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PCB Spot-Fixing Trial Begins

by AFP

Marty Melville—AFP

Tribunal is hearing charges against five players involved in second edition of Pakistan Super League

A tribunal on Monday started hearings into spot-fixing charges against five players who could face life bans if found guilty.

The tribunal convened by the Pakistan Cricket Board (PCB) is headed by Justice Asghar Haider. Former Pakistan captain Wasim Bari and ex-PCB chairman Tauqir Zia are also members.

Prosecutors played a tape in which opening batsman Sharjeel Khan admitted having met a bookmaker but denied any wrongdoing. Khan is one of five players provisionally suspended in the case, which surfaced during the second edition of the Pakistan Super League tournament staged in the United Arab Emirates in February. He was present during the hearing.

Khalid Latif, Shahzaib Hasan and Nasir Jamshed are also facing charges punishable by a minimum five-year ban and a maximum suspension for life.

In March, fast bowler Mohammad Irfan had admitted failing to report an approach to fix a match and was banned for six months, with six more suspended. He was also fined one million rupees.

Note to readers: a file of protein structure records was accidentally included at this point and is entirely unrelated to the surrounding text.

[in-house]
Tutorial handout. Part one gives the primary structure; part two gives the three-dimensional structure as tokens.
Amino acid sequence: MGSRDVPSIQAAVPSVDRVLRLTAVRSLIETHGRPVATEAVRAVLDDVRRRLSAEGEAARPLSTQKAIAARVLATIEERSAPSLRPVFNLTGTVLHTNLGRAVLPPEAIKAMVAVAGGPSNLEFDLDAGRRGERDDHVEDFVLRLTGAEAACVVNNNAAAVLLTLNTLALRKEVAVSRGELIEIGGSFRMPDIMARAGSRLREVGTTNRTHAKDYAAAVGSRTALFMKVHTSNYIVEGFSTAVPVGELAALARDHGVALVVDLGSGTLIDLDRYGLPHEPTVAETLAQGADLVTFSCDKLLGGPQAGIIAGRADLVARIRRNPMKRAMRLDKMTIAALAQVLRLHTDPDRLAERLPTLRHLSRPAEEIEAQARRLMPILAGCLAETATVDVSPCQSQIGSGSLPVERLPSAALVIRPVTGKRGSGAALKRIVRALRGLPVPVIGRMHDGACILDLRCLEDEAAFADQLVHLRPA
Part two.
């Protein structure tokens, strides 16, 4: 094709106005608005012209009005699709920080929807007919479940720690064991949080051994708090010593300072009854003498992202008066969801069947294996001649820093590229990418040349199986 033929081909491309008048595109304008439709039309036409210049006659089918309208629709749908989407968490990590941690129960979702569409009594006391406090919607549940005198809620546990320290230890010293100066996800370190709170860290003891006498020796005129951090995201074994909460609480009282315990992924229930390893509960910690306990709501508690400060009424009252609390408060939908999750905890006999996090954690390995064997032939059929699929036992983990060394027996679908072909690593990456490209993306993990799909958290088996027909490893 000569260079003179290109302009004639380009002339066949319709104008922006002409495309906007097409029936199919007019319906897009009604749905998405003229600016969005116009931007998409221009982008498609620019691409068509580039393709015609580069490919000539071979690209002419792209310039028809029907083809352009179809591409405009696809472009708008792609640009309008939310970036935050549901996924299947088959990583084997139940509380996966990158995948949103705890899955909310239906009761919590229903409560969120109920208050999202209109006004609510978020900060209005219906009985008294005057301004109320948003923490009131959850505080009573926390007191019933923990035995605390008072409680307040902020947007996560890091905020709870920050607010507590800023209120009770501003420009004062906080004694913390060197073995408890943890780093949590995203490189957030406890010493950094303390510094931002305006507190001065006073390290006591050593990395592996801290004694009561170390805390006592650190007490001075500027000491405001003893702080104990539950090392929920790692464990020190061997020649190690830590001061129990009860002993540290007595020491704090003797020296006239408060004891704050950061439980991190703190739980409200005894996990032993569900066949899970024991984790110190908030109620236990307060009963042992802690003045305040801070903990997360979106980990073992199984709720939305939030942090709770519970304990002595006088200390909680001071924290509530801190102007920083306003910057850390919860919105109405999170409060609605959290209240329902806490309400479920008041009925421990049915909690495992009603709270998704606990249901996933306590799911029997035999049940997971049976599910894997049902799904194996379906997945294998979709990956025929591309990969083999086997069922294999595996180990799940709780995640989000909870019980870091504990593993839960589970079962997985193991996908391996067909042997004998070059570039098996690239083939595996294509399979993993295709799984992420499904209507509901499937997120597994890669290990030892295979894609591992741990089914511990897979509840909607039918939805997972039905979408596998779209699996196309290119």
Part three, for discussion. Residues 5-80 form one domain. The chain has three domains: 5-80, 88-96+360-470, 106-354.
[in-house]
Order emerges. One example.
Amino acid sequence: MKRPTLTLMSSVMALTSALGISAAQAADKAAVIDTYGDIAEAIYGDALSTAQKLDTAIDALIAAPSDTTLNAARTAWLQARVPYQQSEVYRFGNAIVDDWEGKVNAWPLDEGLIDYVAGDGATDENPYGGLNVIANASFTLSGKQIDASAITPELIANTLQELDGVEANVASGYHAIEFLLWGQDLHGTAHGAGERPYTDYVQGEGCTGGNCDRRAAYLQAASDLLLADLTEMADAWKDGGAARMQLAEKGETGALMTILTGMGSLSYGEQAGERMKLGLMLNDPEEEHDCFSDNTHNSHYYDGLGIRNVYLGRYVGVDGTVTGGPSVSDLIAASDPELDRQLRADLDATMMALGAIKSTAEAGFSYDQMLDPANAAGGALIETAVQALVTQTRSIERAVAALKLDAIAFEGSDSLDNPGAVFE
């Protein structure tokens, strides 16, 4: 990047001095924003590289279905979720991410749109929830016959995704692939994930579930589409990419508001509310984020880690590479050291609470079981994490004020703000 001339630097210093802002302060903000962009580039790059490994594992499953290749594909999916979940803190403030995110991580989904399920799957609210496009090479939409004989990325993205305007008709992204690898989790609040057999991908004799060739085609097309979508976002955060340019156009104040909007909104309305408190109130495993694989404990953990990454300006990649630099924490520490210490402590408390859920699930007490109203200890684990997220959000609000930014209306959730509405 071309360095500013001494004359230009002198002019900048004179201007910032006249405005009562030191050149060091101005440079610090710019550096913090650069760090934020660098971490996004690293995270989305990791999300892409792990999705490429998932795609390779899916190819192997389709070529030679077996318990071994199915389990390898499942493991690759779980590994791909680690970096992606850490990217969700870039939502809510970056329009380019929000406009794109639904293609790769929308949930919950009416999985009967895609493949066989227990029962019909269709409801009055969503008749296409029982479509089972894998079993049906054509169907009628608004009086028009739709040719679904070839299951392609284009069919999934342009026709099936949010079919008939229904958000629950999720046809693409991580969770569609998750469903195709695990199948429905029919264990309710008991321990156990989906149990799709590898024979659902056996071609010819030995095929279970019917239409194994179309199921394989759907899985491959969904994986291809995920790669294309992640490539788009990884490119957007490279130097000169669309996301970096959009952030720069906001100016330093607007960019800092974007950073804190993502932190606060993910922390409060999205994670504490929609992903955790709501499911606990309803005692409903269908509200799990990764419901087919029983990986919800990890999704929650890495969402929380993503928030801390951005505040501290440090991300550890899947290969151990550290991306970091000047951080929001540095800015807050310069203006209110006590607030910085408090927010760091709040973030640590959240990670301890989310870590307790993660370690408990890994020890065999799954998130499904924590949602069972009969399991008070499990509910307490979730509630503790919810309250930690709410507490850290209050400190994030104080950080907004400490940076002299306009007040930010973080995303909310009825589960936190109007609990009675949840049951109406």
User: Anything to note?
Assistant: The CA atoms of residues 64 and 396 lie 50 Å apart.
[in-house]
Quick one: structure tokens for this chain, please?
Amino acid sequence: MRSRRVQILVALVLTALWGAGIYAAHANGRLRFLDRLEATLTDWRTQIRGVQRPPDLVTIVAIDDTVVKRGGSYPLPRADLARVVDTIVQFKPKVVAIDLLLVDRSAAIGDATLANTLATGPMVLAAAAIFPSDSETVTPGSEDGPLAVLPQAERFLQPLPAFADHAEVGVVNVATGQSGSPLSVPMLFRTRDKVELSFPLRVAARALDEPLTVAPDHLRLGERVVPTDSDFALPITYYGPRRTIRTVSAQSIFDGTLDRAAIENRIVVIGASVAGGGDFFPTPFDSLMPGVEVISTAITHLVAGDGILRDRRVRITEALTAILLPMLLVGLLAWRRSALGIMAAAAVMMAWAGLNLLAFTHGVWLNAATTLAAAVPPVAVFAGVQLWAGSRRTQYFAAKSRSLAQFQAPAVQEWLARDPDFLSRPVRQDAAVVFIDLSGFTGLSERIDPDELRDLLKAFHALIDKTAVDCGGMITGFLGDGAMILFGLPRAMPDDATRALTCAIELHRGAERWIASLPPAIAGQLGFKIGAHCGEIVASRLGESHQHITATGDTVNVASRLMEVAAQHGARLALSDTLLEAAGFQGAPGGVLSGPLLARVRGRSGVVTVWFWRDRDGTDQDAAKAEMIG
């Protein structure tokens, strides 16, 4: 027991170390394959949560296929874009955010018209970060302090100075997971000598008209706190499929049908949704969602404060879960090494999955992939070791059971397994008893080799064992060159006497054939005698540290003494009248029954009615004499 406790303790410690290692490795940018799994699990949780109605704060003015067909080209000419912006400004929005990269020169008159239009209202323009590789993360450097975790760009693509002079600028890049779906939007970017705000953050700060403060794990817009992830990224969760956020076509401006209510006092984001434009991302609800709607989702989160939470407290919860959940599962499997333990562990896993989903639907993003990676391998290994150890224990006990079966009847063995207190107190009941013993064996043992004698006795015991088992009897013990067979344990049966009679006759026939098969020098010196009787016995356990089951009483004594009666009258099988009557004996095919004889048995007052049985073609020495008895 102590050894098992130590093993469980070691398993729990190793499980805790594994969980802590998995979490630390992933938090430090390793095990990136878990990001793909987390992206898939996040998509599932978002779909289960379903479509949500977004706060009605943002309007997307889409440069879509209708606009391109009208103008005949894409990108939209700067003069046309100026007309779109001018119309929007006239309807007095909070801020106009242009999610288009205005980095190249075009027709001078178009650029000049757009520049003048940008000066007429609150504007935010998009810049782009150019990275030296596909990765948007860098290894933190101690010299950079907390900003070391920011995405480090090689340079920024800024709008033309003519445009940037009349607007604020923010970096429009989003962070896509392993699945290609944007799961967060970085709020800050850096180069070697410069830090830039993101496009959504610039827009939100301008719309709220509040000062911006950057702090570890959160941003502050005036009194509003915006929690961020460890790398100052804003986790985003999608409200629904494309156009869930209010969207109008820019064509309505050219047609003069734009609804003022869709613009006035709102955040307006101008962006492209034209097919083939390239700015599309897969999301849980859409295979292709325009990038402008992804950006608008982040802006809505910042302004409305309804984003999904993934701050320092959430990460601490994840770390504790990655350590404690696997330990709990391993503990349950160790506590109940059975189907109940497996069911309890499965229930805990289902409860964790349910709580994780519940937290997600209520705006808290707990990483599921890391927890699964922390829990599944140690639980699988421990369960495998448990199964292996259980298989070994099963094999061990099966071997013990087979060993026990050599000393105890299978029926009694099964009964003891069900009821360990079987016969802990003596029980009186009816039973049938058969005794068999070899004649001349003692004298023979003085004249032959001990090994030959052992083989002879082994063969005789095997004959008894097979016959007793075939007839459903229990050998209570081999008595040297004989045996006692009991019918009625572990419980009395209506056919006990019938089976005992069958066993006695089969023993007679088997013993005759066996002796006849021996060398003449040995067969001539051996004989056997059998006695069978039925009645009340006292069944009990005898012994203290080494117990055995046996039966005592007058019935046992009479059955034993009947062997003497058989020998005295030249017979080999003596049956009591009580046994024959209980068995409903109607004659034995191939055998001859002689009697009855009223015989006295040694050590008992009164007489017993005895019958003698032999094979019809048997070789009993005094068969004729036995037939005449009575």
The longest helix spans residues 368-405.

Another player, Mohammad Nawaz, was also summoned by PCB anti-corruption unit in the spot fixing case but has not yet been charged. Once charged, his case would also be submitted before tribunal.

PCB lawyer Taffazul Rizvi said Khan had admitted meeting a bookie along with Latif. “He also accepted that man was linked to fixing and that whatever was decided in that meeting panned out in the agreed manner,” Rizvi told reporters.

But Khan in the recorded statement said the fact that he played two dot [non-scoring] balls at a particular point in a game was not linked to spot-fixing.

Spot-fixing involves determining the outcome of a specific part of a match, rather than fixing the result. It can center on something as minor as the number of wides or dot balls at any particular time. The match in question was Islamabad United’s first in the PSL, in which Khan played two dot balls and scored one run.

The PCB’s anti-corruption unit believes Khan took money to play the dot balls. Witnesses are due to give evidence to the tribunal on Tuesday.

Khan’s lawyer Shaigan Ijaz said his client expects a favorable result.

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